West Ham could be set for another legal battle involving Sheffield United and Premier League relegation thirteen years after Carlos Tevez made sure that the Irons would survive at the expense of the Blades.
This time, however, they could end up being on the same side.
Sheffield United finally got back to winning ways, and in spectacular fashion, as they beat Tottenham Hotspur 3-1 at Bramall Lane to keep their hopes of Europa League qualification alive on the evening of Thursday July 2.
Chris Wilder’s men had been on a winless run of four games prior to their victory over Spurs, with the Blades suffering a reversal of their form prior to the break in Premier League action upon its return.
They had won 10 out of a possible 12 points in February and March before football was paused, and were denied three points in their first game back in action on June 17, away against Aston Villa.
Goalkeeper Orjan Nyland appeared to fall behind his own goal-line while holding the ball only for Hawk-Eye’s goal-line technology to fail at recognising what had happened. That meant that referee Michael Oliver did not award Sheffield United a goal, despite replays and player reactions on both sides suggesting that a goal had been scored.
The match ended 0-0 to deny the Blades two points in their pursuit of a Europa League spot while also gifting Villa an extra point that could yet count against the likes of Bournemouth, Brighton and Hove Albion, Watford and West Ham in the relegation battle.
At the time of writing, only a point separates Villa from Watford in the race for survival, although West Ham were able to add three points to their tally with their surprise 3-2 win over Chelsea.
Following the incident at Villa Park, Hawk-Eye released a statement: “The seven cameras located in the stands around the goal area were significantly occluded by the goalkeeper, defender, and goalpost. This level of occlusion has never been seen before in over 9,000 matches that the Hawk-Eye Goal Line Technology system has been in operation.
“The system was tested and proved functional prior to the start of the match in accordance with the IFAB Laws of The Game and confirmed as working by the match officials.
“The system has remained functional throughout. Hawk-Eye unreservedly apologises to the Premier League, Sheffield United, and everyone affected by this incident.”
But what would happen if at the end of the season one of the clubs affected found themselves short on points to achieve European qualification or Premier League survival?
football.london spoke to football legal expert, Thomas Horton of Football Law, to find out.
Could Sheffield United or West Ham have a case?
It all boils down to what the position is at the end of the season. It’s a bit of a wait and see in any event.
In order for it to even be considered, it would have to come to a point where Sheffield United have missed out on a UEFA club competition position in the league, or even that they have not finished as high up the league as they could have done because of the two points they’ve missed out on had they won 1-0 against Aston Villa.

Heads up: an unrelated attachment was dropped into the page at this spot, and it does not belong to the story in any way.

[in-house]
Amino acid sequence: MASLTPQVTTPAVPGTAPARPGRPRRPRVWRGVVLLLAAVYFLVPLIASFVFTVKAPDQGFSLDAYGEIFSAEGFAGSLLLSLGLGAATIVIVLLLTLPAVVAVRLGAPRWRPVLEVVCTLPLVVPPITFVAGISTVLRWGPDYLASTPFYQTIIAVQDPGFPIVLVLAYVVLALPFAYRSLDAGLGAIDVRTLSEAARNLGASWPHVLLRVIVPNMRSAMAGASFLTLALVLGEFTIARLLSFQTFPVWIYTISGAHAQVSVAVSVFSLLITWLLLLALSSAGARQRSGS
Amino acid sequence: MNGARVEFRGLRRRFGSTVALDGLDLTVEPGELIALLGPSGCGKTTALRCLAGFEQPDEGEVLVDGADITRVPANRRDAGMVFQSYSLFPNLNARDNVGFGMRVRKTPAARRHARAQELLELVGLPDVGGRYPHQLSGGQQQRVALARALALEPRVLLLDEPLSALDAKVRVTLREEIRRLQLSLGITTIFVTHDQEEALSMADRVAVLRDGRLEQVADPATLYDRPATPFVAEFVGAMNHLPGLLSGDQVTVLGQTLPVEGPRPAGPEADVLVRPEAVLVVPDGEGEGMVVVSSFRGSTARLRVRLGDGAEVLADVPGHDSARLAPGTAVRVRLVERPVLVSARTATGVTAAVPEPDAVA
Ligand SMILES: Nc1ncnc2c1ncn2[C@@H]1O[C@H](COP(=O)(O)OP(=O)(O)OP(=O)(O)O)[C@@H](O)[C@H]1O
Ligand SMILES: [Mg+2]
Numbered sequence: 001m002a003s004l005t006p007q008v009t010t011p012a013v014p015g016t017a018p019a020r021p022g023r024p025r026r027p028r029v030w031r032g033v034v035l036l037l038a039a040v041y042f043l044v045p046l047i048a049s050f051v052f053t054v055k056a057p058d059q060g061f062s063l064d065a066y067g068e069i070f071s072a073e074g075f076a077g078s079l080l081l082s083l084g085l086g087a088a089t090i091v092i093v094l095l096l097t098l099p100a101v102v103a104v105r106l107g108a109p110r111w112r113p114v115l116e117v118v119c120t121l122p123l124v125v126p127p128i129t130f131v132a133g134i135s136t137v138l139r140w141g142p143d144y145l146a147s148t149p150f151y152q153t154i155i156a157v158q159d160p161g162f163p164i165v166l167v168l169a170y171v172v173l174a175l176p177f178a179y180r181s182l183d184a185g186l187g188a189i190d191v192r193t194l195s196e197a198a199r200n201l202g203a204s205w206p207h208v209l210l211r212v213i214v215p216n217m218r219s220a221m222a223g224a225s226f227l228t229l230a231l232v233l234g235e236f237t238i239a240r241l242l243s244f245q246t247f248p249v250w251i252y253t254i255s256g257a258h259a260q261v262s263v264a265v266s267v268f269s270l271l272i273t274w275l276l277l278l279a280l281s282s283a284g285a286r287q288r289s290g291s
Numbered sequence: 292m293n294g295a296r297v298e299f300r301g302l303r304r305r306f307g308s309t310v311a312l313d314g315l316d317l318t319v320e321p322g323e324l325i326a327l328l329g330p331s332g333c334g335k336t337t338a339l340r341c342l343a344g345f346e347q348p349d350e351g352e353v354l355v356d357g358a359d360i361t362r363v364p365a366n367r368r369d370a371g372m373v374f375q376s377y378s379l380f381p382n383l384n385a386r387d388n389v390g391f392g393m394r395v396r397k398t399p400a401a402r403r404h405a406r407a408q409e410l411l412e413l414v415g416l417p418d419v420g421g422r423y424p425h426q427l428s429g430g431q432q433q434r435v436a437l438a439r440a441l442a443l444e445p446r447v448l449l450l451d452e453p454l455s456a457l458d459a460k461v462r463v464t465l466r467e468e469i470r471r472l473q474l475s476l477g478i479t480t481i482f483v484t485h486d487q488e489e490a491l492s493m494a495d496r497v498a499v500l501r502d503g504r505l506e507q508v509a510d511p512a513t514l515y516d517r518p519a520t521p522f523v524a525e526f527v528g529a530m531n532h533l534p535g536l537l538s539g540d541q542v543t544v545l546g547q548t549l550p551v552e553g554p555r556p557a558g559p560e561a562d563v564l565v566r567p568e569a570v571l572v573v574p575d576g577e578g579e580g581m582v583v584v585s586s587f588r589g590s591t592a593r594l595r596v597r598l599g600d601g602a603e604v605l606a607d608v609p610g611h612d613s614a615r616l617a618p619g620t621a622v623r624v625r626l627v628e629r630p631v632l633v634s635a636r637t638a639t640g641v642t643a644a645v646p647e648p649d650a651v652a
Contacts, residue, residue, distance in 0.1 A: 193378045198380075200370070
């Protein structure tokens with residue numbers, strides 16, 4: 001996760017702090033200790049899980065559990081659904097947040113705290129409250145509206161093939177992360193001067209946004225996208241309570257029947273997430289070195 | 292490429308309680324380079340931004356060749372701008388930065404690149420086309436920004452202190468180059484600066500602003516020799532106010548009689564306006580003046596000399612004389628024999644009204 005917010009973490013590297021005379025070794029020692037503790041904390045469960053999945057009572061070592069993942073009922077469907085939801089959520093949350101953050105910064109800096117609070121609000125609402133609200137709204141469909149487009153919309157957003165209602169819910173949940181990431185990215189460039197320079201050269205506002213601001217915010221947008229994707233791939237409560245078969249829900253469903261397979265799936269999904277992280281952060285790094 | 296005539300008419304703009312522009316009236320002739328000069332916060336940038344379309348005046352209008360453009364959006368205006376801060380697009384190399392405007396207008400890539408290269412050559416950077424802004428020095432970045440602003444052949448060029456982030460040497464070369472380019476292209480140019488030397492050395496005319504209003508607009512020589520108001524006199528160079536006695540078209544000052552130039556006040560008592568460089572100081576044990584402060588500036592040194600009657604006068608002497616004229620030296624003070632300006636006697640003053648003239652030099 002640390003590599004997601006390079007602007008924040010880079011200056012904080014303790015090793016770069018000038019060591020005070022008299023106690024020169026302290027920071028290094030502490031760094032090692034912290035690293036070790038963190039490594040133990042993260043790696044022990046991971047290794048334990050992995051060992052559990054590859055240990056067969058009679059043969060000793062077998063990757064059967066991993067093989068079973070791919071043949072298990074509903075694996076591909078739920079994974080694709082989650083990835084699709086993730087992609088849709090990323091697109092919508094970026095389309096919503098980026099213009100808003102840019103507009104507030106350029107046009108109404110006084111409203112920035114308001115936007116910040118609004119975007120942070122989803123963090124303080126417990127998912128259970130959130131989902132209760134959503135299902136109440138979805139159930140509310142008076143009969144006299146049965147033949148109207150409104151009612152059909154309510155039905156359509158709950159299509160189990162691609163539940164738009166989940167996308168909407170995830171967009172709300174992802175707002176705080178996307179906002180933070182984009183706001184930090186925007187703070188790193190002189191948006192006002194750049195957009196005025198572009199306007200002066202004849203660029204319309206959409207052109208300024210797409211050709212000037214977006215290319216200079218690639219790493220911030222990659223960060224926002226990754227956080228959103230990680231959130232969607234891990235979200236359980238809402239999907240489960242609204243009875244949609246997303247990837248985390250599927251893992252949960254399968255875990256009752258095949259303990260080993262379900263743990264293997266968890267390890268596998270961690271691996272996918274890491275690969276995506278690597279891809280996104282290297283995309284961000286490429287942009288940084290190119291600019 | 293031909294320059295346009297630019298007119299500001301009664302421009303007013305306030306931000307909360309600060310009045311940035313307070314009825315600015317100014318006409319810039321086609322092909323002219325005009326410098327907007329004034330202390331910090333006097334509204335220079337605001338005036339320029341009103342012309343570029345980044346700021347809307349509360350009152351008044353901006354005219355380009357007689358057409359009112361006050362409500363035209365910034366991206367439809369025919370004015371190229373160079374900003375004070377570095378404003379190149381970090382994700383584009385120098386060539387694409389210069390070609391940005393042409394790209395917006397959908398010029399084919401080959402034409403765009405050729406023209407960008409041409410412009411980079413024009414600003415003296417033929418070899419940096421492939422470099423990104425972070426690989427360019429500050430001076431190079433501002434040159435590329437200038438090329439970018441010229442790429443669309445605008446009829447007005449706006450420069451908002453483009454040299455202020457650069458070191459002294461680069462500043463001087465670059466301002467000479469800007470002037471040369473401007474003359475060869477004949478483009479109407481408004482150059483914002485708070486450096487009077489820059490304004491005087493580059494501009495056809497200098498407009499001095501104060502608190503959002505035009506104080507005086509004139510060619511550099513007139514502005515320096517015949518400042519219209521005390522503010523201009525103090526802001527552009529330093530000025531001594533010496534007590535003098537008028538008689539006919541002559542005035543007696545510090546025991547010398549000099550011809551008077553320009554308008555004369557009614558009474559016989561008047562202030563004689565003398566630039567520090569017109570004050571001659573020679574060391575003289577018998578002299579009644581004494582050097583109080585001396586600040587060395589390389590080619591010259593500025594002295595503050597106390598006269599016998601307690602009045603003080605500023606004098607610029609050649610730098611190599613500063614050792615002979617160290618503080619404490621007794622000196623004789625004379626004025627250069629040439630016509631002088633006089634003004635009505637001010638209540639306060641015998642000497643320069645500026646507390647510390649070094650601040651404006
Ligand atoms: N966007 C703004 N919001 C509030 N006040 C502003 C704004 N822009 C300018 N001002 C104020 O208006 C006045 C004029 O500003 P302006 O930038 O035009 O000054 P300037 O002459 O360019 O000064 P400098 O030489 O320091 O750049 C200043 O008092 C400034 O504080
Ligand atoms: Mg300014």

The factors to consider are that Sheffield United would earn more revenue from qualifying for a UEFA club competition, and secondly, because the higher up the league you finish, the more revenue you get from the Premier League as well.
At the other end of the table, if it comes to the end of the season and Aston Villa avoid relegation, and the reason they avoid relegation is because they got one point more than the team below them, then that team that’s been hard done by is going to feel like they have a claim.
It’s similar to when Sheffield United brought a claim against West Ham United for the whole Carlos Tevez situation, that winning goal from Tevez being the whole reason why Sheffield United got relegated. So, that factual scenario would have to come around first for this even to be considered, in my opinion.
You’d have to wait for that to happen but then the league will test on whether or not that could be satisfied.
My opinion is if any type of claim was brought by Sheffield United, or a team that’s affected in the relegation scenario, the claim would be in negligence, either against the Premier League or Hawk-Eye.
But then when you look at the tests applicable for whether there has been negligence to give rise to a claim, I think there are going to be difficulties in Sheffield United, or anyone else, having a successful claim.
How would a club pursue such a case?
This wouldn’t go to a court of law, it would go to arbitration, either pursuant to the Premier League’s own rules, or pursuant to the FA’s rules.
Both of them provide for dispute between clubs and participants, and in some situations, it would go to arbitration. If it was to be in a court of law, it would be very much a confidential process. Nonetheless, English law would be the applicable law.
The Case Law from the Court of Arbitration for Sport would be something considered in the whole process as well. Going back to the test of negligence, it’s a test to have a successful claim, the first one being whether or not there is a duty of care.
So could Sheffield United or another club establish that the Premier League or Hawk-Eye owes Sheffield United, or one of those other clubs, a duty of care?
What that looks at is whether or not the damage that occurred is foreseeable, whether there’s a particularly proximate relationship between those parties and whether it’s fair to impose a duty of care.
For me, personally, I don’t think there will be that much difficulty in establishing whether or not there’s a duty of care. There’s quite a clear proximate relationship between both the clubs, or club, the Premier League and Hawk-Eye.
If not, it’s just down to the rules and the regulations they all work with. For example, the benefit of what Hawk-Eye seeks to provide to the clubs by the use of goal-line technology.
I appreciate that there’s probably some more points to make about whether or not there’s a duty of care, but looking at it a bit holistically, I don’t think there’s going to be too much difficulty in establishing a duty of care.
The real difficulty would arise in establishing whether or not the Premier League or Hawk-Eye breached that duty of care, and to establish whether there has been a breach of duty.
For me, the factors that would be of greatest consideration here would be the Premier League rules that refer to the use of goal-line technology, the International Football Association board and the laws of the game that would refer to the use of goal-line technology as well and also, what Hawk-Eye have said after the events.
Hawk-Eye released a statement after the game, and I know some jibes were given for their use of the word ‘occlusion’, but I think the statement is quite helpful because what it explains is that the goal-line technology system is in place.